First and foremost gum disease is an infection. Bacteria live in tartar also known as calculus which is the hard chalky material that can become stuck around your teeth. This is mostly made up of old food that has stayed in sheltered areas and hardened. Some of the tartar will be present above the gum line and yet more will cling below the gum. Once tartar is established it is impossible to remove at home. This tartar forms a physical barrier to the gum doing its job properly- that is covering and holding our teeth, however, that’s only part of the story.
Our bodies sense the threat from the bacteria and the toxins they produce and send the bodies ‘soldier’ cells to the area to try and neutralize the bacteria. Unfortunately this inflammation is damaging to the gum itself. This extra blood in the area causes the gums to swell, appear more red and bleed easily.. This bleeding is often the most obvious sign, sometimes the only sign that there is an issue with your gums and should not be ignored. One of the big problems with gum disease or periodontal disease is that it can be very quiet and you may be unaware of it. Gums disease is often not painful apart from some specific types until very late in the condition when, dramatically some teeth may feel a little loose. As mentioned before you may notice your gums are red or bleed when you brush. They may also appear shiny- in a healthy state gums usually will be pink and lightly dimpled. You may notice your gums shrinking back or receding. This may uncover darker tooth near the gum line or dark triangles may appear between the teeth. A bad taste in the mouth and bad breath are common. Teeth may become sensitive as they aren’t covered tightly by gum thereby exposing root surfaces. At the early stages gum disease is known as ‘gingivitis’ and is entirely reversible. Later on inflammation becomes more entrenched in the jaw bone supporting the teeth and becomes ‘periodontitis’ which causes permanent damage to the bone supporting the teeth. Gum disease or periodontal disease is present in 50% of the population to some extent. It is advanced almost to the point of tooth loss in 5-20% of people. Some people are more at risk than others. Common risk factors are listed below-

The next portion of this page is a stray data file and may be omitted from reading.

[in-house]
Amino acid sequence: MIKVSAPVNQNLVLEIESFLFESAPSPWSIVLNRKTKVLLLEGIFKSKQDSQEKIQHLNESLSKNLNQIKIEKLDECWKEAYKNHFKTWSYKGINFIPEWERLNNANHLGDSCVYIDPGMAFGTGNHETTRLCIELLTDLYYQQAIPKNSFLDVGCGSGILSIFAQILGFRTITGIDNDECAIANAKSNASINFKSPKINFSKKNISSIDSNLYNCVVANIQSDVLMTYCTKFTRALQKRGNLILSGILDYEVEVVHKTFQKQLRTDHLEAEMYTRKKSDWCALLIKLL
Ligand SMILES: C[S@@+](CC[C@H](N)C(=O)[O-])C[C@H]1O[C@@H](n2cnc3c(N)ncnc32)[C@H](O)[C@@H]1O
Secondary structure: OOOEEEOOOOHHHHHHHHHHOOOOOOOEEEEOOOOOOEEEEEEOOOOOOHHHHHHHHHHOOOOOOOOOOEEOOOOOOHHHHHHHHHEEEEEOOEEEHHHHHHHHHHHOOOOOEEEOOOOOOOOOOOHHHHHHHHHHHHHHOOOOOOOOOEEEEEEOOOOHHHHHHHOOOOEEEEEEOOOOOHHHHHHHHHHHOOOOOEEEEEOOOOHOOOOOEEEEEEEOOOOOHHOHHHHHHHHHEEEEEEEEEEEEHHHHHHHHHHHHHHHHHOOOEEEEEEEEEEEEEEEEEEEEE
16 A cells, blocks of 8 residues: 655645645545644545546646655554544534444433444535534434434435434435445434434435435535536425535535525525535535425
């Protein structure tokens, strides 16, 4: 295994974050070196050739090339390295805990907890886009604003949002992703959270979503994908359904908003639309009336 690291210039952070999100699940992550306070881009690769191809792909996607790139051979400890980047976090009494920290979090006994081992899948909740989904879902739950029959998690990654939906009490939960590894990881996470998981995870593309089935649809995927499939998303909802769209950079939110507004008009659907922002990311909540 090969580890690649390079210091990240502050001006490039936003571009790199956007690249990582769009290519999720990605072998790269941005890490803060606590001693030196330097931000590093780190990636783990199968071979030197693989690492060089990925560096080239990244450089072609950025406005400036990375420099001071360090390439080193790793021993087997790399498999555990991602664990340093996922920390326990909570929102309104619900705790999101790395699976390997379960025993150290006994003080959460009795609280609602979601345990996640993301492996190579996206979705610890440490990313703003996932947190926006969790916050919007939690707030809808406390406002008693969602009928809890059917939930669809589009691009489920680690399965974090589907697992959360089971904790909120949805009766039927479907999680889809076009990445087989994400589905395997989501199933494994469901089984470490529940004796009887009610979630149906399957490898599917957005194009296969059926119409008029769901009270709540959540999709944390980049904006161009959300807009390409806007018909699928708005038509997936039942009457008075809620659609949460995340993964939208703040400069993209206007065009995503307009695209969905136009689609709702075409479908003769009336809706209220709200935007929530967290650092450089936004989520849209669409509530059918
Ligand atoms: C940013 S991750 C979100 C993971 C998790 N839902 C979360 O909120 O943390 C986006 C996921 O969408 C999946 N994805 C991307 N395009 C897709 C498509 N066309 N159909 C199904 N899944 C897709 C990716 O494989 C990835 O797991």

Gum disease risk factors
- Poor oral hygiene- lots of bacteria!
- Smoking Diabetes
- Cardio vascular disease
- Some medications especially if they are sweet or reduce saliva
- Osteoporosis Host response
- overactive immune system
- long term contraceptive pill use